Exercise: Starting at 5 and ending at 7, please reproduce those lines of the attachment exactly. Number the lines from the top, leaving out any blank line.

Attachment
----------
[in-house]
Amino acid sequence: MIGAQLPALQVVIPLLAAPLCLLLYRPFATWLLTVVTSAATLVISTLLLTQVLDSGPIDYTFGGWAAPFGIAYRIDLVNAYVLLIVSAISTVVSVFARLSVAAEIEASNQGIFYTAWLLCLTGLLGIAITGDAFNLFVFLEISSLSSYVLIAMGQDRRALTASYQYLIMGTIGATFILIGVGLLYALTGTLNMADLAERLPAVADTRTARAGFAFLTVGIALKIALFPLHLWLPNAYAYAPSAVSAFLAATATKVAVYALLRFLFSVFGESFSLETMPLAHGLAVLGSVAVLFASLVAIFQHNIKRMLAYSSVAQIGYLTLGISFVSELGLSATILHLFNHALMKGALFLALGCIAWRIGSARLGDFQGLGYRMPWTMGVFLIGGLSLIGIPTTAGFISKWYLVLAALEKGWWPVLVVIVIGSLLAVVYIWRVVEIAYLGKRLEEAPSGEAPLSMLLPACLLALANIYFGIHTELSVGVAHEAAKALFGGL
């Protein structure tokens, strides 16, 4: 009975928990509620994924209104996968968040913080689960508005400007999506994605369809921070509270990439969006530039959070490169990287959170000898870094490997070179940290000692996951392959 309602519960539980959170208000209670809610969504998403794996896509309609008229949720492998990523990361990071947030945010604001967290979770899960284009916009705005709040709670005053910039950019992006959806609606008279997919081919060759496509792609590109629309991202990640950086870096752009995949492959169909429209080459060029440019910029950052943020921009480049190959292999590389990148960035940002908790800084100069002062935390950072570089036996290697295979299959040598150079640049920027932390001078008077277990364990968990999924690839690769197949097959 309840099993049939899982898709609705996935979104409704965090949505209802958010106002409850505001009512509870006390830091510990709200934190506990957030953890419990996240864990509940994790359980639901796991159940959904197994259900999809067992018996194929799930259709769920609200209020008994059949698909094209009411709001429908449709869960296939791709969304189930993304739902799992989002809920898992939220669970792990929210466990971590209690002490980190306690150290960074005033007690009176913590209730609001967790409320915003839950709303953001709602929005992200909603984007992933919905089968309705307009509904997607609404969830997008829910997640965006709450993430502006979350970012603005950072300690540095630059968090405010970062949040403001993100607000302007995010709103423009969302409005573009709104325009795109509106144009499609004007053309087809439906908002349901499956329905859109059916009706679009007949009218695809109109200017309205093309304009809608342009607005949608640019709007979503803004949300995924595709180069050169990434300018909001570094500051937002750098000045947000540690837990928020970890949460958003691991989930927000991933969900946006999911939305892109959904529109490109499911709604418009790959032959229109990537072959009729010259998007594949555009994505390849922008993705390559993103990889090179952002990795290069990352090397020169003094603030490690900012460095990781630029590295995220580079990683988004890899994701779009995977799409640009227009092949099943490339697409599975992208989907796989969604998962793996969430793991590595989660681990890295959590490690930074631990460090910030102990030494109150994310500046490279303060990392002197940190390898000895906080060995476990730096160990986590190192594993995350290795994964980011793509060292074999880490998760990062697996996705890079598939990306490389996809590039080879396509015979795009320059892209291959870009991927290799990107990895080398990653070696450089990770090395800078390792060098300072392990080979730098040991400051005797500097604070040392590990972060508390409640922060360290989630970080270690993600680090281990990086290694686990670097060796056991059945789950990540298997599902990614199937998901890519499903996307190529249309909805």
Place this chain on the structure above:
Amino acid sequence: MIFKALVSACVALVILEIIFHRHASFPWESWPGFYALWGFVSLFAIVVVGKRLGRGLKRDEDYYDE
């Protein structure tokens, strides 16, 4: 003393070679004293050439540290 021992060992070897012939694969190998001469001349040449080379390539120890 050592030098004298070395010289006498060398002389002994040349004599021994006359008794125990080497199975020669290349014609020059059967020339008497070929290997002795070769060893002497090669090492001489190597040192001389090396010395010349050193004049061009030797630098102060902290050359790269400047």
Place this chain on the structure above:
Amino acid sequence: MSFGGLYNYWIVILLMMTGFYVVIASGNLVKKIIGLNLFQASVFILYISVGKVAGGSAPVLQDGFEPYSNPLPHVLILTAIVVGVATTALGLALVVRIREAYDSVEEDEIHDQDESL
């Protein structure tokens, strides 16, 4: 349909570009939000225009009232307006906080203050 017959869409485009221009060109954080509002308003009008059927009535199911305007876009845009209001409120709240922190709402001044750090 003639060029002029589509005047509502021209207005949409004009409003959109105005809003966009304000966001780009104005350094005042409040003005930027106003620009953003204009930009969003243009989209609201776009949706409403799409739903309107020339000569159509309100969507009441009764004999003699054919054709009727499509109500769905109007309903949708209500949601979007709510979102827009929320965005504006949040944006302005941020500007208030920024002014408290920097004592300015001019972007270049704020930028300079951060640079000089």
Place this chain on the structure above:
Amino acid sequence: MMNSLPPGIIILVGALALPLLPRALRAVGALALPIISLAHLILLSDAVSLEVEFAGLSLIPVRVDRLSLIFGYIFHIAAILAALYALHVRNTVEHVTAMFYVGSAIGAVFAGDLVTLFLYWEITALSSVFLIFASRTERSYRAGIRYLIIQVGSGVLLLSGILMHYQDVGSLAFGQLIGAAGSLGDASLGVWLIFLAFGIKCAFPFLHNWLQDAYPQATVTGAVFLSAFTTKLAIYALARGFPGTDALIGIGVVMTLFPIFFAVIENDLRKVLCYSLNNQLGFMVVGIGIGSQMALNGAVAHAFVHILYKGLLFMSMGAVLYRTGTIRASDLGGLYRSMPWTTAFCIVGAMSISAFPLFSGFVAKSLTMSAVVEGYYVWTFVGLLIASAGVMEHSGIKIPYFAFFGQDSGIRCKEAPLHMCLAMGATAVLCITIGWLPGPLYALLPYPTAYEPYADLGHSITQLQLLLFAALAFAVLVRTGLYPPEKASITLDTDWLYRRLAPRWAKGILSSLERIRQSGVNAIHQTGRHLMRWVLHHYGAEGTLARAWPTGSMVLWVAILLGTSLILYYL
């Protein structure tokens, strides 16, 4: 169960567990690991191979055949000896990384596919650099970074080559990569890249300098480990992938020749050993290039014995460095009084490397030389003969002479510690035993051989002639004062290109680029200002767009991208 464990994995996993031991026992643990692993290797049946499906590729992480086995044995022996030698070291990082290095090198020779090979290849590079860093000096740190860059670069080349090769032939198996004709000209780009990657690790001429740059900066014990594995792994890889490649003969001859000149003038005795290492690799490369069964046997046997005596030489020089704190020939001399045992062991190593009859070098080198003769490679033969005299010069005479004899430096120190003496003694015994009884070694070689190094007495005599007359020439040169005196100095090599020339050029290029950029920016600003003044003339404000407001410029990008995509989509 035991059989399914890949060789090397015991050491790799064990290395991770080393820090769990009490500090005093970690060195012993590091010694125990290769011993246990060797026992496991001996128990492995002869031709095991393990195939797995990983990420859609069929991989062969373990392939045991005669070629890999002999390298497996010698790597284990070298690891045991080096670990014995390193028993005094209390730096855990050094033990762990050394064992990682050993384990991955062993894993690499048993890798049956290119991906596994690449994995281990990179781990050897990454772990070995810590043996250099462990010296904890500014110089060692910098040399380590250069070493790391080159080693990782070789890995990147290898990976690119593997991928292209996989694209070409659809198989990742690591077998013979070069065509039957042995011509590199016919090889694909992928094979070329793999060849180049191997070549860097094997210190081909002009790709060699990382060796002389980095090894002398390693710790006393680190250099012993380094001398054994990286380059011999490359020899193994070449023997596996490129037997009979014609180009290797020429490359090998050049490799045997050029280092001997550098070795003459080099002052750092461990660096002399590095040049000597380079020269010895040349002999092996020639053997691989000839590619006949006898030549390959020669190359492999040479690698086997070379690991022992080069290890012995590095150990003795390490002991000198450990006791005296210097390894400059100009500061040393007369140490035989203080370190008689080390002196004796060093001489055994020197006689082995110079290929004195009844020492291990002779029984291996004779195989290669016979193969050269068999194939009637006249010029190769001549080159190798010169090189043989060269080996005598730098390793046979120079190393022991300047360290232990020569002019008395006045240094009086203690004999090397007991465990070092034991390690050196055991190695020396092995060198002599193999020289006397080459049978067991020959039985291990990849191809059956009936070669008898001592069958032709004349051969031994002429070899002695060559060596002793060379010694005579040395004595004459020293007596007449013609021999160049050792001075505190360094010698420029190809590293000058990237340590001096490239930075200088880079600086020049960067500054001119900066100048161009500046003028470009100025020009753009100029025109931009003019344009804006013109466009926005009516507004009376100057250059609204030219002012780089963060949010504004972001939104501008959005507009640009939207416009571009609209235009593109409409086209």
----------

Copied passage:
Amino acid sequence: MIFKALVSACVALVILEIIFHRHASFPWESWPGFYALWGFVSLFAIVVVGKRLGRGLKRDEDYYDE
């Protein structure tokens, strides 16, 4: 003393070679004293050439540290 021992060992070897012939694969190998001469001349040449080379390539120890 050592030098004298070395010289006498060398002389002994040349004599021994006359008794125990080497199975020669290349014609020059059967020339008497070929290997002795070769060893002497090669090492001489190597040192001389090396010395010349050193004049061009030797630098102060902290050359790269400047």
Place this chain on the structure above: